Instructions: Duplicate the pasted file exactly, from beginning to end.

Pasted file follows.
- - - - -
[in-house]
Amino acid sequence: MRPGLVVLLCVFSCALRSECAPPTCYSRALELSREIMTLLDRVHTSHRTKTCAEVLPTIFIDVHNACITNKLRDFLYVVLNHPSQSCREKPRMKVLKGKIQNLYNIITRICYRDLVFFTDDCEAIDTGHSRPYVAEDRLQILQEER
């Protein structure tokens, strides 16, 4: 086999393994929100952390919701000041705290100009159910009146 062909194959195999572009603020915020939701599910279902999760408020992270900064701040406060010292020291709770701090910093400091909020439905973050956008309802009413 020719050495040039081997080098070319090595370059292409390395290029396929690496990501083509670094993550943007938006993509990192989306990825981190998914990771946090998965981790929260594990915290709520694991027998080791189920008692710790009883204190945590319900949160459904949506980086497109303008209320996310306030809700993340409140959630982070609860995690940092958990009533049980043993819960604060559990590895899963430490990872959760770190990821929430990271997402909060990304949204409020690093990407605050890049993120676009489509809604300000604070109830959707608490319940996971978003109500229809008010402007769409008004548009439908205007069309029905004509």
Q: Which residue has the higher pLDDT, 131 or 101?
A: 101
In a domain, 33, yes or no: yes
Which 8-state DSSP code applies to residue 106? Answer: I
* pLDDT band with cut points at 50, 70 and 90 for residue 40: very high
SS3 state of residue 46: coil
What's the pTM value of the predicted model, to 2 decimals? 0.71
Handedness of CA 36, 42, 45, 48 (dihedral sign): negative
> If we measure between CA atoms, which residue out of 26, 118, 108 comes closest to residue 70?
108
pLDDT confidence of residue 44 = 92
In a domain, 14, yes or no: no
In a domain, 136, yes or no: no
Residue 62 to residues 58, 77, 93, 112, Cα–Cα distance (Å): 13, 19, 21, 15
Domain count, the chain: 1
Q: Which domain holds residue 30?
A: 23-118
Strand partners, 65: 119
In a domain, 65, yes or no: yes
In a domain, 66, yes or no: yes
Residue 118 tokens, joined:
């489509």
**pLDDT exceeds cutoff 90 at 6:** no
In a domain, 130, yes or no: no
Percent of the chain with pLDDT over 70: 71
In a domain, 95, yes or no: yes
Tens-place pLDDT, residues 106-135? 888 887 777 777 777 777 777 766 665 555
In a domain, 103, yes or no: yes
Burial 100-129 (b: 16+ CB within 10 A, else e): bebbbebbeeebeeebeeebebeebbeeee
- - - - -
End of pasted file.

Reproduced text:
[in-house]
Amino acid sequence: MRPGLVVLLCVFSCALRSECAPPTCYSRALELSREIMTLLDRVHTSHRTKTCAEVLPTIFIDVHNACITNKLRDFLYVVLNHPSQSCREKPRMKVLKGKIQNLYNIITRICYRDLVFFTDDCEAIDTGHSRPYVAEDRLQILQEER
């Protein structure tokens, strides 16, 4: 086999393994929100952390919701000041705290100009159910009146 062909194959195999572009603020915020939701599910279902999760408020992270900064701040406060010292020291709770701090910093400091909020439905973050956008309802009413 020719050495040039081997080098070319090595370059292409390395290029396929690496990501083509670094993550943007938006993509990192989306990825981190998914990771946090998965981790929260594990915290709520694991027998080791189920008692710790009883204190945590319900949160459904949506980086497109303008209320996310306030809700993340409140959630982070609860995690940092958990009533049980043993819960604060559990590895899963430490990872959760770190990821929430990271997402909060990304949204409020690093990407605050890049993120676009489509809604300000604070109830959707608490319940996971978003109500229809008010402007769409008004548009439908205007069309029905004509």
Q: Which residue has the higher pLDDT, 131 or 101?
A: 101
In a domain, 33, yes or no: yes
Which 8-state DSSP code applies to residue 106? Answer: I
* pLDDT band with cut points at 50, 70 and 90 for residue 40: very high
SS3 state of residue 46: coil
What's the pTM value of the predicted model, to 2 decimals? 0.71
Handedness of CA 36, 42, 45, 48 (dihedral sign): negative
> If we measure between CA atoms, which residue out of 26, 118, 108 comes closest to residue 70?
108
pLDDT confidence of residue 44 = 92
In a domain, 14, yes or no: no
In a domain, 136, yes or no: no
Residue 62 to residues 58, 77, 93, 112, Cα–Cα distance (Å): 13, 19, 21, 15
Domain count, the chain: 1
Q: Which domain holds residue 30?
A: 23-118
Strand partners, 65: 119
In a domain, 65, yes or no: yes
In a domain, 66, yes or no: yes
Residue 118 tokens, joined:
């489509």
**pLDDT exceeds cutoff 90 at 6:** no
In a domain, 130, yes or no: no
Percent of the chain with pLDDT over 70: 71
In a domain, 95, yes or no: yes
Tens-place pLDDT, residues 106-135? 888 887 777 777 777 777 777 766 665 555
In a domain, 103, yes or no: yes
Burial 100-129 (b: 16+ CB within 10 A, else e): bebbbebbeeebeeebeeebebeebbeeee